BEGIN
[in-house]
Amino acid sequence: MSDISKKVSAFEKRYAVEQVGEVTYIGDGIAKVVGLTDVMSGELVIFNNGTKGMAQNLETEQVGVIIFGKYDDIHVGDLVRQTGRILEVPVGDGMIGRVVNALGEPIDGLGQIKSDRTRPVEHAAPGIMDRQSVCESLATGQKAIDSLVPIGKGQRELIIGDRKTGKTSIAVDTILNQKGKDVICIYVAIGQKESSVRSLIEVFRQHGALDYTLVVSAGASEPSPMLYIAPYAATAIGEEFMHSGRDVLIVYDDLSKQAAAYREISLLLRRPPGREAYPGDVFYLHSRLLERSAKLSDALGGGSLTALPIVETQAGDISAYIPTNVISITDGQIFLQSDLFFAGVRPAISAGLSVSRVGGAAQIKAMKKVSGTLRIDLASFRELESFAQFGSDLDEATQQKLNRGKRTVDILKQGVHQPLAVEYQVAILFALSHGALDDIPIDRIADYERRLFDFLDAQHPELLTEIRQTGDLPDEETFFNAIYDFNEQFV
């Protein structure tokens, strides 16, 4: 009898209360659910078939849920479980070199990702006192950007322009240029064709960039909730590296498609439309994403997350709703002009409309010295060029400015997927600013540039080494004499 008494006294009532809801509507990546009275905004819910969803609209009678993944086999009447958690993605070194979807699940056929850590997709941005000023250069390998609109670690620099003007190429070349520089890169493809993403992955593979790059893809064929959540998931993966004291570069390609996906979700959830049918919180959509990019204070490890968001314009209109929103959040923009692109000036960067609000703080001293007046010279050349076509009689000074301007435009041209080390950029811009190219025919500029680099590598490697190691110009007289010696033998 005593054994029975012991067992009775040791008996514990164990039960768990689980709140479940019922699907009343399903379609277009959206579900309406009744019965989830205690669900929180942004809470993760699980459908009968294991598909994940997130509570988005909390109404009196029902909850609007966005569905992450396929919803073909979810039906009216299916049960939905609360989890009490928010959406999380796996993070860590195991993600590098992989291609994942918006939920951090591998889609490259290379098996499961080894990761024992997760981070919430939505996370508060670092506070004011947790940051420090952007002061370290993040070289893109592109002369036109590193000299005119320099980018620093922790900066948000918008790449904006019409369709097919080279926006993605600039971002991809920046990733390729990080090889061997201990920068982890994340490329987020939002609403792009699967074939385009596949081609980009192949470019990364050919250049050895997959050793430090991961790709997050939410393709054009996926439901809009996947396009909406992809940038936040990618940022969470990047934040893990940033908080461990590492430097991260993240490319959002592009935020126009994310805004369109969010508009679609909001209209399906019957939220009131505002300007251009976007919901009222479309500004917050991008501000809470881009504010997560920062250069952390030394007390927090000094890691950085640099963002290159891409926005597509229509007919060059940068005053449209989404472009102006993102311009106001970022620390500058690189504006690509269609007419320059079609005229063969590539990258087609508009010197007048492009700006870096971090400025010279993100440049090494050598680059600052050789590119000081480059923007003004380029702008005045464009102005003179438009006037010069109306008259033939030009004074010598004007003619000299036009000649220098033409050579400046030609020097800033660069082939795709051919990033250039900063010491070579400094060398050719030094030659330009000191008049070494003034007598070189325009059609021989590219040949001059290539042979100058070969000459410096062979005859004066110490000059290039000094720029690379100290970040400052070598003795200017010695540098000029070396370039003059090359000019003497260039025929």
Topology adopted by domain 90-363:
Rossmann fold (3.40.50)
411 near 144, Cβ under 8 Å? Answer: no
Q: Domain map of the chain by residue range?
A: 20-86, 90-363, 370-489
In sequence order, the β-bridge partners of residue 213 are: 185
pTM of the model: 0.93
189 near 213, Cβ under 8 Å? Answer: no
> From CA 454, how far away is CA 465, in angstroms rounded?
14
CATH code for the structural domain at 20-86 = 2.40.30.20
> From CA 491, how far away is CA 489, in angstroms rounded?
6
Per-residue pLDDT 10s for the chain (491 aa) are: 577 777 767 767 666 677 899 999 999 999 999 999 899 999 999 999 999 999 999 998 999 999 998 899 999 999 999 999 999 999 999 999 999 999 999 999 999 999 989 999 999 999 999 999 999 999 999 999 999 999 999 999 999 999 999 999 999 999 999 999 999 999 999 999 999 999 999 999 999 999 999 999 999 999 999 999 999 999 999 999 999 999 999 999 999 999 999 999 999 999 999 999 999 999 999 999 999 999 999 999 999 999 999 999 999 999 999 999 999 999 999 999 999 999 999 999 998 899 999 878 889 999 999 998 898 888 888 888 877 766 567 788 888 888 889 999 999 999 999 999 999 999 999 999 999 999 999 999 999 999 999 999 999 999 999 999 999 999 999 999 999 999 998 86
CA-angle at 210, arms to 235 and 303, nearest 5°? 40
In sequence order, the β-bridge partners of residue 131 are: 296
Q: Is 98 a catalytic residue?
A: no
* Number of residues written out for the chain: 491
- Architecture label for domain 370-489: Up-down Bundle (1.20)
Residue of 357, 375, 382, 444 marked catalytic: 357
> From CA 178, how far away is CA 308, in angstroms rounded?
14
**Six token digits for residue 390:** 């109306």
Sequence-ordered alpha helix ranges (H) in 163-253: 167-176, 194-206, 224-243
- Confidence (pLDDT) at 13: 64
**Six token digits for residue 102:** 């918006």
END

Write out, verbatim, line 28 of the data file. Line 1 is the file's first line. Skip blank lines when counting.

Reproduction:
Sequence-ordered alpha helix ranges (H) in 163-253: 167-176, 194-206, 224-243